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  35. Ah, FreeFox. You I had been missing. It’s like old home week around here. Now if Haggis for Brains would drop in we’d have the core of the gang back together. Not meaning to leave out anybody. Ophelia and Miss Piggy leap to mind. NBH has been a constant, and mostly improving with the occasional relapse into mocking atheists. Have we heard from Florida lately? I do lose track.

    Anyway, FreeFox, no doubt you are correct about my recent experience, medical attitudes, and a similar experience under the influence of eroticism.. Still, that’s an investigation I shall avoid.

    Good to find that you have been lurking. Oddly enough, I suspected that my comment might bring you out of hiding. And with your old snap and superior, might I say supercilious, attitude intact. Have a pint on me, lad.

    My partner and I had been volunteering to help acclimatize Syrian refugees. Yesterday I was teaching some vocabulary to a young boy, pointing at various animal pictures and getting him to name them with me. When we got to “pig” he frowned and shook his head, indicating disgust. I told him that I like pigs. They are delicious. He doesn’t have the vocabulary to really discuss the subject, so I didn’t bother explaining that pigs are far from unclean. In fact they are the cleanest and most intelligent of farm yard animals. It made me a little sad to realize that already he has been indoctrinated with irrational bullshit and it’s probably going to stick with him for life.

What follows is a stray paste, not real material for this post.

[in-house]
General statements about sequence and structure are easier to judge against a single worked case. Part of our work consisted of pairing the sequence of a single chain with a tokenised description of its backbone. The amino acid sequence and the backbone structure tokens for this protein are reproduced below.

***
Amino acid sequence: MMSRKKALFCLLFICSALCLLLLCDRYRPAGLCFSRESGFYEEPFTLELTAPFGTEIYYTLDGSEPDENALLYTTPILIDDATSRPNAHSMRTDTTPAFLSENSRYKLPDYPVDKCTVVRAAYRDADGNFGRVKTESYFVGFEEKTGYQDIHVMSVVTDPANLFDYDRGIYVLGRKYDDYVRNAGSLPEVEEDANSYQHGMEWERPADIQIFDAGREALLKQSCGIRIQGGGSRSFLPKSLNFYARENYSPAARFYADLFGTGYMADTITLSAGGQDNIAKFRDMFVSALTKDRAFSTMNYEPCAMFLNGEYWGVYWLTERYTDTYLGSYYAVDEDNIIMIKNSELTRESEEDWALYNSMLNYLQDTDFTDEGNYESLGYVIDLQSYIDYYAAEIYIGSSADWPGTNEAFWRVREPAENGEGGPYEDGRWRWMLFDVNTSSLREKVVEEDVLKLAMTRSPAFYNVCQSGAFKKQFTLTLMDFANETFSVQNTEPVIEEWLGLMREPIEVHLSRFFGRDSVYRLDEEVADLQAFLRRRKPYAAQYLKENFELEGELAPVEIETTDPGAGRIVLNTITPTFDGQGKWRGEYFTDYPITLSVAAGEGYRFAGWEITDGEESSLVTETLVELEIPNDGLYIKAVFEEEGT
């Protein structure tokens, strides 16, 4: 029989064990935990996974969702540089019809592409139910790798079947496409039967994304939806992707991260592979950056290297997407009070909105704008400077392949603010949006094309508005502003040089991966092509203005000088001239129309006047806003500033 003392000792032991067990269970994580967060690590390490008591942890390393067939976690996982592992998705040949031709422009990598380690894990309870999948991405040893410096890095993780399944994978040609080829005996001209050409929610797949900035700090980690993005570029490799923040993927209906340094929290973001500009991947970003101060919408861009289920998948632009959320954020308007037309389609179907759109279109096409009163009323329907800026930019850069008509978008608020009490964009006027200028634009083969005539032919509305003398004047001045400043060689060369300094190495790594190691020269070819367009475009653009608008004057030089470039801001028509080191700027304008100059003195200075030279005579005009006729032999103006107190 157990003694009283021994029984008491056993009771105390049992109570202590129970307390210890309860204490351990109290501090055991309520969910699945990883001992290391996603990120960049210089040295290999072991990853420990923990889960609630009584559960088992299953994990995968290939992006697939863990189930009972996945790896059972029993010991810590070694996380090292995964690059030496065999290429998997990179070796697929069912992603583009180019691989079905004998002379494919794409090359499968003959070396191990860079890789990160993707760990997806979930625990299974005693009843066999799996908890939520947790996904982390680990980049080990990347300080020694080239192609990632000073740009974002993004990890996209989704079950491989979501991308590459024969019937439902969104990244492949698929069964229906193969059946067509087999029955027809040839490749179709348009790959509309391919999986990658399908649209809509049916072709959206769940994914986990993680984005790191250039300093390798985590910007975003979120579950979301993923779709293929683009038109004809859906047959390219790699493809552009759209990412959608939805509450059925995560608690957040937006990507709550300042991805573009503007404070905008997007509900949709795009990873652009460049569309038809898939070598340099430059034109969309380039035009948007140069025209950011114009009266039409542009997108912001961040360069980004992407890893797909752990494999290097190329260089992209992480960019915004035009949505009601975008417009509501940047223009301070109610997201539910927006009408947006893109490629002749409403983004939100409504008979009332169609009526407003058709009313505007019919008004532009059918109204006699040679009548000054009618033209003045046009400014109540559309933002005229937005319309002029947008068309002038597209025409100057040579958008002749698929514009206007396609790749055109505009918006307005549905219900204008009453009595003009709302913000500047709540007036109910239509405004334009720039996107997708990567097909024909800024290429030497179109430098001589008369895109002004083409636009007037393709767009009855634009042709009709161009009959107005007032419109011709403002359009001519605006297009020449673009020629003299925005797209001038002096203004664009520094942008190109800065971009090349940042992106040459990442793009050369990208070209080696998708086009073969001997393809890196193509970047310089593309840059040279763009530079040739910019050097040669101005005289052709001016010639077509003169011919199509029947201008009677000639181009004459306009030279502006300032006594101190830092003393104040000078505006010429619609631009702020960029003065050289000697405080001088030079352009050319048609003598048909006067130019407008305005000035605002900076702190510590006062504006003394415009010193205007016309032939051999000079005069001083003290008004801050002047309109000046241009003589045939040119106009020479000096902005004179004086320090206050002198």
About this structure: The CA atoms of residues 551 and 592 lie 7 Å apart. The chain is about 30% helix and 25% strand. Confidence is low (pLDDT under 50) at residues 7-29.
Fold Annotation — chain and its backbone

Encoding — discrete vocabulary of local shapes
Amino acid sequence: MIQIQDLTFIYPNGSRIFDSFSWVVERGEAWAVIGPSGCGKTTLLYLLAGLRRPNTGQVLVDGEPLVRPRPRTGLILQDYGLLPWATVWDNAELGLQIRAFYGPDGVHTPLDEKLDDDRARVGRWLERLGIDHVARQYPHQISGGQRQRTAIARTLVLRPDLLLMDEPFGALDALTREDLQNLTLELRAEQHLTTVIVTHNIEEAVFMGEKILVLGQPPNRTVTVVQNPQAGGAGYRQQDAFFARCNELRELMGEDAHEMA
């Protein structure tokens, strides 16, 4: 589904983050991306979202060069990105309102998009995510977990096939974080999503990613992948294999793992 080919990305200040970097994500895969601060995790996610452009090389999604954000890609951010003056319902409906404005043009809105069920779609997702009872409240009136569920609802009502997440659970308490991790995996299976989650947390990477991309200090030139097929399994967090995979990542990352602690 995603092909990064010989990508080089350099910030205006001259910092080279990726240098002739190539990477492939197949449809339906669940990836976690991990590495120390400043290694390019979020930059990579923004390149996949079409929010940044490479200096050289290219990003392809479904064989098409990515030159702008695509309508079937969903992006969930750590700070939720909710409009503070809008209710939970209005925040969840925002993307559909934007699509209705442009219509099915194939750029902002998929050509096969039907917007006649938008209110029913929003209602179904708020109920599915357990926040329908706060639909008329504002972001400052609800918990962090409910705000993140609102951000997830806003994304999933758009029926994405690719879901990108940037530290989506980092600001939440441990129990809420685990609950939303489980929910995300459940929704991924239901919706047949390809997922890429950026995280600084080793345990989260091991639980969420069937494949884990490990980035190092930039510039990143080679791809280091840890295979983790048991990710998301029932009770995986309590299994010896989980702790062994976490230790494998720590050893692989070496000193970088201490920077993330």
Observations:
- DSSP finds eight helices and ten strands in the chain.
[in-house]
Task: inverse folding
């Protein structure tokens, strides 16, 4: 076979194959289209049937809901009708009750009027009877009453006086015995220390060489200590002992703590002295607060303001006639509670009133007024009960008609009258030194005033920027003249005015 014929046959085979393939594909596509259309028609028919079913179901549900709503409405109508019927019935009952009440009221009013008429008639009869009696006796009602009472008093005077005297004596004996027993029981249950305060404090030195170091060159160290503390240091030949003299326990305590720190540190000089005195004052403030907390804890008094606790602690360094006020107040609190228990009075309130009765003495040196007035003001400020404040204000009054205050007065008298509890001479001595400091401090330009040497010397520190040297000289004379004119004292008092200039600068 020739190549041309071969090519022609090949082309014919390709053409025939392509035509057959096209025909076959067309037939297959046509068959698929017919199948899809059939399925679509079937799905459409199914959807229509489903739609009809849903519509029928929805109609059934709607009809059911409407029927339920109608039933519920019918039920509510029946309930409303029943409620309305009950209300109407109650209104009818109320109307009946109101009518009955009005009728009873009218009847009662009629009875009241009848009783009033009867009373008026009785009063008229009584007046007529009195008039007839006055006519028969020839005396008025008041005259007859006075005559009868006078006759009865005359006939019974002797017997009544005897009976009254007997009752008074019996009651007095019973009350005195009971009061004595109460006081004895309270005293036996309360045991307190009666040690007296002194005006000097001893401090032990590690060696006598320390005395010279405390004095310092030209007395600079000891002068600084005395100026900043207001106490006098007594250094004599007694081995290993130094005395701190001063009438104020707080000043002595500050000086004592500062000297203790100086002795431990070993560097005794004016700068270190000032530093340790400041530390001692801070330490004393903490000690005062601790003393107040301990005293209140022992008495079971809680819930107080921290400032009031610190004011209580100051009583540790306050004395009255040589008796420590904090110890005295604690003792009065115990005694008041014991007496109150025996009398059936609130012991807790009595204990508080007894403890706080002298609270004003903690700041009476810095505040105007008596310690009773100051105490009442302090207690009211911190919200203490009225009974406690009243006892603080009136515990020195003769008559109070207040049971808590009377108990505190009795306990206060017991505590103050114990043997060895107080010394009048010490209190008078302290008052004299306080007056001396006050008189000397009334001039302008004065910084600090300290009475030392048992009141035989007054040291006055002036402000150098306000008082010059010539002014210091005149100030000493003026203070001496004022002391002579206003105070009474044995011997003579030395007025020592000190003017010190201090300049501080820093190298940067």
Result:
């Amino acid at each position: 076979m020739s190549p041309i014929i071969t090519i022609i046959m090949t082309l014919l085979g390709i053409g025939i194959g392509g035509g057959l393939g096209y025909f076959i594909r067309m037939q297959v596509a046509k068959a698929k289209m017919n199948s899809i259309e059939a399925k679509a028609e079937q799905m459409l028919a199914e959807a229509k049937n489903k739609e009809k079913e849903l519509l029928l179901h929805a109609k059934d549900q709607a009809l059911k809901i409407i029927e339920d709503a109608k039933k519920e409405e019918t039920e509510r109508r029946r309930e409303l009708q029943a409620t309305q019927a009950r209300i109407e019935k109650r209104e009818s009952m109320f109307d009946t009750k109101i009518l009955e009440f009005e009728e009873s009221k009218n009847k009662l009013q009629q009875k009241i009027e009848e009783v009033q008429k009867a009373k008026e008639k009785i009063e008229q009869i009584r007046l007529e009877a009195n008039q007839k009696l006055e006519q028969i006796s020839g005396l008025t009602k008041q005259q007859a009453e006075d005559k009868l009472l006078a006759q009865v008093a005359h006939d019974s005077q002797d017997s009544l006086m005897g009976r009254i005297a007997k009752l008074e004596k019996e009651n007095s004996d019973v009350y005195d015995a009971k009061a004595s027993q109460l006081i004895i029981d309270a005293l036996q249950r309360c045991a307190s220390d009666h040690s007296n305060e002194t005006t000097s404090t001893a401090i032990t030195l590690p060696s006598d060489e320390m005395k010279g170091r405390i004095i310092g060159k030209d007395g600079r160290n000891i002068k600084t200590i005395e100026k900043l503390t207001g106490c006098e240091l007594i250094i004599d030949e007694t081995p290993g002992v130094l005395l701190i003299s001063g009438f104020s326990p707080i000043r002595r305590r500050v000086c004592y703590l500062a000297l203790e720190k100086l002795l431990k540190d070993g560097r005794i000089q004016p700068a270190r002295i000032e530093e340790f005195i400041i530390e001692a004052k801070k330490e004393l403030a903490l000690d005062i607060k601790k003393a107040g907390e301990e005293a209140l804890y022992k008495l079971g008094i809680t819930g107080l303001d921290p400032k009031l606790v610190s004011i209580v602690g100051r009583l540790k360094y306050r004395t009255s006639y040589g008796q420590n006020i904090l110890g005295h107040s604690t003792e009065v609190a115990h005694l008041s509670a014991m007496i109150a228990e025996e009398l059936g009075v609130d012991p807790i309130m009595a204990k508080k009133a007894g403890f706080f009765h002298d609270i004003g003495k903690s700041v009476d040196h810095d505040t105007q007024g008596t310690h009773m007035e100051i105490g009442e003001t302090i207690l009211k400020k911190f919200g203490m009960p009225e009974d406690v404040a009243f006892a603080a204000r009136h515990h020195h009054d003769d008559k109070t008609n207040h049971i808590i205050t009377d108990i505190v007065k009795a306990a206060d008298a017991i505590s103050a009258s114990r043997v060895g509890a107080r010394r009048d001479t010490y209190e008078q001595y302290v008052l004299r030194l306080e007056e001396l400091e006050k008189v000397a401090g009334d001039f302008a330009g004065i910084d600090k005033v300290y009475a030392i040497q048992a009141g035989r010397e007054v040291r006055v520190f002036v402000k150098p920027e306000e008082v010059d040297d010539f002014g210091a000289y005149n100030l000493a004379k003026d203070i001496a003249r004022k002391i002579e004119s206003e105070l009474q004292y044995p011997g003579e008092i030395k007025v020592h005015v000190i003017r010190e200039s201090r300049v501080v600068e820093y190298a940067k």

And yes, I realize that there are valid reasons to stop eating pigs. But it’s not because they are unclean in some spiritual/mystical way. They are delightful animals.




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  36. HackneyMartian says:

    BobUnco –
    “The hadith describing how Mo overcame her father’s objections”
    Have you got the ref to hand? I’d like to file that one away.

    “Jesus’ bona fides is harder to form an opinion about”
    I’ve just read Reza Aslan’s ‘Zealot’. Anyone here have a view about it?

    Terry Pratchett’s Small Gods is a nice comic take on how cults grow & wither. I’m sure everyone here’s read that.

    Cult used to just mean worship; its modern journalistic use is what in the 18th century they called cant. cf Humpty Dumpty.